From Lexology, Brennan W. Bolt discusses a case in which a worker classified who was classified as an independent contractor alleges an unfair labor practice by having the worker sign a waiver of the right to collectively pursue claims in all forums, judicial and arbitral. This is another case in a series of cases with a relatively new approach that challenges arbitration agreements on the theory that they limit a worker’s right to organize — rights protected by the National Labor Relations Board (NLRB). Brennna writes:
Judge James C. Dever, III of the Eastern District of North Carolina entered an order in NLRB v. Raleigh Restaurant Concepts, Inc., Case No. 5-15-CV-438-D (Aug. 12, 2016), enforcing a subpoena duces tecum issued by the NLRB in connection with its investigation of an unfair labor practice charge filed by an independent contractor alleging that Raleigh Restaurant Concepts unlawfully enforced a contractual waiver of the right to collectively pursue her claims in all forums, judicial and arbitral. The charge was filed by the exotic dancer after a court ordered her to arbitrate her Fair Labor Standards Act and North Carolina Wage and Hour Act claims in which she claims that she and other entertainers were misclassified as “independent contractors” as opposed to “employees.”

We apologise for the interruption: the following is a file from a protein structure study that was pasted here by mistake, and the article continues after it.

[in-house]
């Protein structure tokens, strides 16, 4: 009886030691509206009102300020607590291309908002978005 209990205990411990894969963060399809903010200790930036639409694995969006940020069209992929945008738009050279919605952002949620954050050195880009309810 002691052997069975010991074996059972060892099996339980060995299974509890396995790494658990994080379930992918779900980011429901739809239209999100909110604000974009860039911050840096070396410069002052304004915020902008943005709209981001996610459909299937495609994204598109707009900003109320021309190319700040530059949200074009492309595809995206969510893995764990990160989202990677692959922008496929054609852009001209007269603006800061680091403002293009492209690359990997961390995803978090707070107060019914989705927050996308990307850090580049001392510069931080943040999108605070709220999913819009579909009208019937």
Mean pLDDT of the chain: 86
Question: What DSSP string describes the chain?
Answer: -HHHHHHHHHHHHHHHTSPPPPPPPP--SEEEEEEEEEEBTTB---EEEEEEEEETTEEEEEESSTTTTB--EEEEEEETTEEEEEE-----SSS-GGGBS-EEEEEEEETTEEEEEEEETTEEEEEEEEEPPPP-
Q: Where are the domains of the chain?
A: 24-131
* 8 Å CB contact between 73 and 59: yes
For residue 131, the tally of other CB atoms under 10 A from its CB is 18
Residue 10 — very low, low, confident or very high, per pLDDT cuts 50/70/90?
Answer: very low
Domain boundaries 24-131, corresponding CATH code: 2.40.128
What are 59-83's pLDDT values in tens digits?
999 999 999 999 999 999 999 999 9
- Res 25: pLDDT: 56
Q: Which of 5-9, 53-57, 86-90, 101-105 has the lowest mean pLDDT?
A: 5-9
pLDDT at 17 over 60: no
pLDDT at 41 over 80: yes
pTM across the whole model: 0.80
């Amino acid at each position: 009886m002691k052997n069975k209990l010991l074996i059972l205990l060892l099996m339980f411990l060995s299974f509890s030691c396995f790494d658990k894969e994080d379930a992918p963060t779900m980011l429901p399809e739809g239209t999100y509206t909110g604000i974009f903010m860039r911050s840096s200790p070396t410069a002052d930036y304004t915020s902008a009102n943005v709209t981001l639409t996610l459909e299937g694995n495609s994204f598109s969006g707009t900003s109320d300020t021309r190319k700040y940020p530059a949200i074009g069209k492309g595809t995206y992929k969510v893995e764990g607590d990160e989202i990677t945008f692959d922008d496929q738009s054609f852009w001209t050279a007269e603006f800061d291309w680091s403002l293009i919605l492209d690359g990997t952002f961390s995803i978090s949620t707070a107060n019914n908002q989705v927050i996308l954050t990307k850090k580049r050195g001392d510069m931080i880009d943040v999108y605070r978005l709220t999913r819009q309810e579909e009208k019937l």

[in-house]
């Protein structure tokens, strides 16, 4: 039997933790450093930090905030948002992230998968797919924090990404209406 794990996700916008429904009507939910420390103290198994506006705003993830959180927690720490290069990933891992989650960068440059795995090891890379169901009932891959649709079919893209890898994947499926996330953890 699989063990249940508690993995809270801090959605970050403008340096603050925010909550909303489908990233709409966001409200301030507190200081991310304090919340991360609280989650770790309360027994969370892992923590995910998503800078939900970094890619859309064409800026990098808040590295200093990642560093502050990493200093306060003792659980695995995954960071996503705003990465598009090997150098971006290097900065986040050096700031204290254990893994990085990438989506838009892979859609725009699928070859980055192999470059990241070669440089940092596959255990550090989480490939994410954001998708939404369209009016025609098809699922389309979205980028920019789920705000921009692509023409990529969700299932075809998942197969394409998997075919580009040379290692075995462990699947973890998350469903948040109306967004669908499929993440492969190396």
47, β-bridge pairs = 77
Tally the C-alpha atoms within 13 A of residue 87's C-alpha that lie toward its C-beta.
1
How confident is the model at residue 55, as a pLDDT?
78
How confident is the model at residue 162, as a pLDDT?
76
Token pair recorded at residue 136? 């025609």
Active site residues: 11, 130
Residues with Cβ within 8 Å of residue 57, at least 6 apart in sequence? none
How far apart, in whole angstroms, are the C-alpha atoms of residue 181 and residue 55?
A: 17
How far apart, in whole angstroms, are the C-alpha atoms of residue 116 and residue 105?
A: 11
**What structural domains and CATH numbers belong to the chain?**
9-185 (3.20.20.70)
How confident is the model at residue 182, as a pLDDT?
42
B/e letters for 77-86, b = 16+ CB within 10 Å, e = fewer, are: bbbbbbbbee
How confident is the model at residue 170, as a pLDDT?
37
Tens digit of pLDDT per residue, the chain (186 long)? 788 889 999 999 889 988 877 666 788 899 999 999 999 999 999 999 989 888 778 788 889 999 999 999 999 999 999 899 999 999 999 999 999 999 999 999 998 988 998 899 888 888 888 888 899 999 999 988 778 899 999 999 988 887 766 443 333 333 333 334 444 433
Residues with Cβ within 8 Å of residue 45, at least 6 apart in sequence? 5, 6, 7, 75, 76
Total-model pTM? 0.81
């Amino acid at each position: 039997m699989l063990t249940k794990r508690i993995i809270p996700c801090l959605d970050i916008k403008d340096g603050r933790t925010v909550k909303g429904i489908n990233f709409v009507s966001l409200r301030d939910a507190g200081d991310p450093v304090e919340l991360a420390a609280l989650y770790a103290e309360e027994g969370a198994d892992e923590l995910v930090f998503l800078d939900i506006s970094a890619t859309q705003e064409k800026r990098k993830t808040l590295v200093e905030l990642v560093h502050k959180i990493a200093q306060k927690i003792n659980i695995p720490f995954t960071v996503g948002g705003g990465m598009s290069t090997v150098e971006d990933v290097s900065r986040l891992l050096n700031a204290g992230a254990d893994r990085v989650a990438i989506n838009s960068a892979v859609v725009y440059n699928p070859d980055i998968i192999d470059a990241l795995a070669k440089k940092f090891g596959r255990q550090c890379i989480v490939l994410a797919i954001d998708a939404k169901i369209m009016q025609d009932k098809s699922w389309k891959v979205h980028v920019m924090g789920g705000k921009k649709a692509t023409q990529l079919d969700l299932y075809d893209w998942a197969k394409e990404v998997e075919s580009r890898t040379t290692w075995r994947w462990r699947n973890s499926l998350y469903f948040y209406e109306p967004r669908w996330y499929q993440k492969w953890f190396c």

the court found that the NLRB had jurisdiction to investigate the allegations because the Fourth Circuit had yet to decide whether a mandatory class-action waiver in an arbitration agreement violates the NLRA and that other federal circuits had reached conflicting conclusions.